According to Eric Witte, before setting up such a mechanism Ukraine should decide whether it will investigate crimes of a very narrow group of perpetrators or crimes of thousands of perpetrators.

We need to consider how the established mechanism is linked with the procedures and work of the International Criminal Court, as well as the investigation into crash of the Malaysian Airlines Flight MH17. It is important to think about such things from the outset,” Eric Witte noted.

The project manager insists on providing procedural safeguards for the accused on different sides. This will increase confidence even among those social groups who are skeptical of such a mechanism.

The experts point out that the Parliament has to recognize such a mechanism at the legislative level.

Some kind of an agreement with the UN should be signed to set up such a mechanism. This will obviously require legislative approval, adapting it to the effective constitutional framework,” Eric Witte said.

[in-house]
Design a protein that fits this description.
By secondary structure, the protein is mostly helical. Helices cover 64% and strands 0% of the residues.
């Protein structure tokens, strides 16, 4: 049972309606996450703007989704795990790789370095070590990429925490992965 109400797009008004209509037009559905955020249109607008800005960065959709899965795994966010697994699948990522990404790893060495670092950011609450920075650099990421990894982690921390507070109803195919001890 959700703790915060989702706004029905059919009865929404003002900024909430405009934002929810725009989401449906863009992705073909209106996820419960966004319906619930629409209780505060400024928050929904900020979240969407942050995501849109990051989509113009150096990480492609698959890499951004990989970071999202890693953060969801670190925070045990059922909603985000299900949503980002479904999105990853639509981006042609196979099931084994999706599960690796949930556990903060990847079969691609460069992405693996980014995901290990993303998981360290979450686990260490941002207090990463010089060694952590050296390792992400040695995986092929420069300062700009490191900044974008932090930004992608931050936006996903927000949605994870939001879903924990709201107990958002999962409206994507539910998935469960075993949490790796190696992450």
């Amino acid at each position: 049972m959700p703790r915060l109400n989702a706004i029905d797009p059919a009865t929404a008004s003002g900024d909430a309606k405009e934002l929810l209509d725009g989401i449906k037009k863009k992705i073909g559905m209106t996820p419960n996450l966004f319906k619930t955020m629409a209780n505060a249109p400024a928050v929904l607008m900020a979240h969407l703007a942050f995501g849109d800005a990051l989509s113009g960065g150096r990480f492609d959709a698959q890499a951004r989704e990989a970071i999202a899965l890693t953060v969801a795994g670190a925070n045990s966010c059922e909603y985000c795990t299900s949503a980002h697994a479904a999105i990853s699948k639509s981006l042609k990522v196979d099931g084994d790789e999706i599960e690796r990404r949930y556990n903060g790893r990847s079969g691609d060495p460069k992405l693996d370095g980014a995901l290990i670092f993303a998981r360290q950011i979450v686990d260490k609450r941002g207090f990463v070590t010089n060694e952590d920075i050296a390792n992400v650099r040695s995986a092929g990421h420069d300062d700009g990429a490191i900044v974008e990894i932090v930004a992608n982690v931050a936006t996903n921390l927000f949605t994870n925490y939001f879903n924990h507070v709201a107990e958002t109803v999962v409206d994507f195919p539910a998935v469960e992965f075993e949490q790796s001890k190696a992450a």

The majority of the MPs ignored the roundtable meeting with the participation of international experts. It was attended only by Leonid Yemets (People’s Front Party), Svitlana Zalishchuk (Bloc of Petro Poroshenko) and Heorhiy Lohvynsky (People’s Front Party).

As a reminder, representatives of the ICC will arrive in Ukraine in late October to determine the possibility of consideration of Ukraine’s materials on investigation into the events on Maidan and the Russian aggression.

Ukraine has not yet ratified the Rome Statute and thereby has not joined the International Criminal Court as a full member.

Ukraine signed the Rome Statute in 2000. However, next year the Constitutional Court ruled that the document contradicted the Constitution of Ukraine, requiring amending Article 124 of the Constitution.

January 16, 2015, the MPs registered the bill on amendments to Article 124 of the Constitution (concerning recognition of provisions of the Rome Statute). However, according to MP Vitaly Kupriy, the initiative has been hampered by the President of Ukraine.

Ukraine has made commitment to ratify the Rome Statute under the EU-Ukraine Association Agreement.